SXSW
“We’ve been looking at privacy and publicity as a black-or-white attribute for content, when really it’s defined by context and the implications of what we’ve chosen to share.”

This is the essence of Microsoft researcher Danah Boyd‘s keynote speech at SXSW Interactive. And here is Danah’s write-out of the talk.

Here are a few of the reviews, from which I have distilled some telling quotes:

Techcrunch:

“Boyd says that privacy is not dead, but that a big part of our notion of privacy relates to maintaining control over our content, and that when we don’t have control, we feel that our privacy has been violated. This has happened a few times recently. [...]

To help underscore her points, she recalled and discussed a number of major privacy blunders from Facebook and Google. [...]

Boyd then transitioned to talk a bit about the fuzzy lines between what is public and private. She says that just because people put material in public places doesn’t mean it was meant to be aggregated. And just because something is publicly accessible doesn’t mean people want it to be publicized.”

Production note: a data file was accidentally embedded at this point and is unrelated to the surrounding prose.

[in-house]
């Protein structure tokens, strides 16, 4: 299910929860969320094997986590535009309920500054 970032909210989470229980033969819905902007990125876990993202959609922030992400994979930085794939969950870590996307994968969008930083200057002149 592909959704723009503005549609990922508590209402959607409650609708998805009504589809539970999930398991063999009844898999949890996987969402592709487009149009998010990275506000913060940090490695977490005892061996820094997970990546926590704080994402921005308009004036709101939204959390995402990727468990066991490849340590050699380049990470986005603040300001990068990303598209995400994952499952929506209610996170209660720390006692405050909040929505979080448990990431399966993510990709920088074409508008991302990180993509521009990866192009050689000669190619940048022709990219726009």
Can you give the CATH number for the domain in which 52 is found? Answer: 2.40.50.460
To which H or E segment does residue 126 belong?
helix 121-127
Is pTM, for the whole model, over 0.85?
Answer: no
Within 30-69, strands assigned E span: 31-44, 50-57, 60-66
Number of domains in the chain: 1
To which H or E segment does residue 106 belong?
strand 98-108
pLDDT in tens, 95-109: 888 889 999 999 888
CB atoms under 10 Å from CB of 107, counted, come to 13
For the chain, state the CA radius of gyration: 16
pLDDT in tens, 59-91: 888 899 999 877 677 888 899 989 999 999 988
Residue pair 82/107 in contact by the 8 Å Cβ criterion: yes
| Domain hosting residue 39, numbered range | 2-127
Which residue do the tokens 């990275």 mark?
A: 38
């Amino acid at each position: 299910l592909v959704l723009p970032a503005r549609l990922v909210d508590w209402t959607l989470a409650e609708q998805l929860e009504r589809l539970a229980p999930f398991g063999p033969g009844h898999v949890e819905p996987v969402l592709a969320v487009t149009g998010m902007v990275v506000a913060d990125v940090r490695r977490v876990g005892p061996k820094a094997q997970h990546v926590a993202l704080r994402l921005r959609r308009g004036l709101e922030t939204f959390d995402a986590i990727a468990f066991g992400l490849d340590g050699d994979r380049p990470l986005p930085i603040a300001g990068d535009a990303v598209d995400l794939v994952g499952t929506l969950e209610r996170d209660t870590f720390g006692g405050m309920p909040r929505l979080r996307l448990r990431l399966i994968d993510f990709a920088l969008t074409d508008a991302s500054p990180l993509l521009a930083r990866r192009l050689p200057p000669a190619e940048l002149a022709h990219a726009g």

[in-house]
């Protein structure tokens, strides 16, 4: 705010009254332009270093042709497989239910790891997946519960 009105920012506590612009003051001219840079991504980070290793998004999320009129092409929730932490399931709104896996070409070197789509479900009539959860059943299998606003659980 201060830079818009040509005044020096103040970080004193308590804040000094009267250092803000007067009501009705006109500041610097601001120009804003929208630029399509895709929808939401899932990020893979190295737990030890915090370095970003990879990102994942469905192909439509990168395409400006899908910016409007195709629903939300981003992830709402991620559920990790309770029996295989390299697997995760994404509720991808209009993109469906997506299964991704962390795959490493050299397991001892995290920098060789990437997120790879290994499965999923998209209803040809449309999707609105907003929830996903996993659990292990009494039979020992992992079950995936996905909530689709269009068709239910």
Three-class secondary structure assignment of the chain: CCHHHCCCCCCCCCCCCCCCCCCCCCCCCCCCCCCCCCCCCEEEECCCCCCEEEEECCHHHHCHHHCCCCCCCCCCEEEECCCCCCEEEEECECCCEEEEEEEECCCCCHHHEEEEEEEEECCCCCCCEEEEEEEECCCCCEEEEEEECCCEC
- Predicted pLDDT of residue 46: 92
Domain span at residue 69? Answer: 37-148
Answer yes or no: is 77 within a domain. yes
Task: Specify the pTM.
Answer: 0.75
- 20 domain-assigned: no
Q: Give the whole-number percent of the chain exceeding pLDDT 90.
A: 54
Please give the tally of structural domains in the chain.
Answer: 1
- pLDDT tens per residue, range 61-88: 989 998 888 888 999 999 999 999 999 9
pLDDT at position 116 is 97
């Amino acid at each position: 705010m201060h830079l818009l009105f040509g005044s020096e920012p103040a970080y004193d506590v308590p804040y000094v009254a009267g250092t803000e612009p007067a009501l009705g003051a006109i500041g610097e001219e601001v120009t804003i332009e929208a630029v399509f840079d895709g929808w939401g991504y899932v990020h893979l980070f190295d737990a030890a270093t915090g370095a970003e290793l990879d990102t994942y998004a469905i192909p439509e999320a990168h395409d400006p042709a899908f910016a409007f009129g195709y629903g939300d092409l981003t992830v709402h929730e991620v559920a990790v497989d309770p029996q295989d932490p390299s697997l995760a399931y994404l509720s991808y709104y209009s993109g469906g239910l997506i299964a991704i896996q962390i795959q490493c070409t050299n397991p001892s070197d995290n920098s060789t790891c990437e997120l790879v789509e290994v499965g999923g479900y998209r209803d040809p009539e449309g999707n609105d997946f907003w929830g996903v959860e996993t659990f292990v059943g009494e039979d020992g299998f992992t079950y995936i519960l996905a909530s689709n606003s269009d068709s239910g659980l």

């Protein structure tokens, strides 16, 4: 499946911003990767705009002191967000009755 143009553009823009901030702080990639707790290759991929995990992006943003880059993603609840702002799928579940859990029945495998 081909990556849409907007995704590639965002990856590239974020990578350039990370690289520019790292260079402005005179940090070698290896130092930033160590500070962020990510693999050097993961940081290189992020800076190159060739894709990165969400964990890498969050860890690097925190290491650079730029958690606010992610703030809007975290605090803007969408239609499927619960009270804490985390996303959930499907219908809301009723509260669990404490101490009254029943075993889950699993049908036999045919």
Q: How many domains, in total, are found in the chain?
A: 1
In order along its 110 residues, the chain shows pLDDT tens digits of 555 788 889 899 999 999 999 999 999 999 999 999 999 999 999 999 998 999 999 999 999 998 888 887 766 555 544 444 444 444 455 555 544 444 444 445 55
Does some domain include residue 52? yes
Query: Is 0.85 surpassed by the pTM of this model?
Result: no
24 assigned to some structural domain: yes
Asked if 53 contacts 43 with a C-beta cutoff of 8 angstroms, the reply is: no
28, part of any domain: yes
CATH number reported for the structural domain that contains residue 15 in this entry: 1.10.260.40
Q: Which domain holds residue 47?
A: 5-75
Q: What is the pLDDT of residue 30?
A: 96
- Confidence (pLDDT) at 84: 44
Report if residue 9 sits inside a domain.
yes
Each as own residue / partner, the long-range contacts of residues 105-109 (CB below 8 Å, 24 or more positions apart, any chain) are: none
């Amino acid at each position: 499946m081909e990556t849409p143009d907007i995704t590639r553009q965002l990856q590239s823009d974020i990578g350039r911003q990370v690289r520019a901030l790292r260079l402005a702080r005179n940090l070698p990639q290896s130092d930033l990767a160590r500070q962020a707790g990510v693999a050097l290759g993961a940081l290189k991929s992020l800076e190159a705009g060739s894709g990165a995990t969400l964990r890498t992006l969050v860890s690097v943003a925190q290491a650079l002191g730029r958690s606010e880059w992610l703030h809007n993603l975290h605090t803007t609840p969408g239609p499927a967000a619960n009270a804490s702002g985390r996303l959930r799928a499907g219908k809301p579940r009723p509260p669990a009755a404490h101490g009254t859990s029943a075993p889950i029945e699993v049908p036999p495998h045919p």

CNET News:

“For Boyd, her years of research have been eye-opening into the divergence between what users want–and their emergent behavior–and the ways tech companies interpret those desires. “Often,” she said, “companies trying to build efficiencies into their systems profoundly misunderstand what they’re trying to be efficient about.” [...]

“There’s a big difference between publicly available data and publicized data,” she said, “and I worry about this publication process, and who will be caught in the crossfire.”

“We are going to see a continued emergence of new tools that complicate the boundaries between the public and the private, and technology will continue to make a mess of it.”

“Ultimately, then, for the people who build these systems,” Boyd said, “it is imperative that they ask questions about what people really want and what people want to achieve.”

“For marketers, it’s essential to remember that the accessibility of people’s information online doesn’t necessarily indicate that they want to be seen by you. Just because you can interpret people,” Boyd said, “doesn’t mean you’re going to get it right. Just because you see something doesn’t mean you know what’s going on.”

And to the systems designers on hand for her keynote, Boyd had one final message: “As designers, you need to think through the implications and ethics of what you’re doing,” she said. “You are shaping the future. How you handle those challenges will shape the future.”

More reviews in The New York Times and the Daily Telegraph (including the delightful quote: “Making something that is public more public is a violation of privacy.”)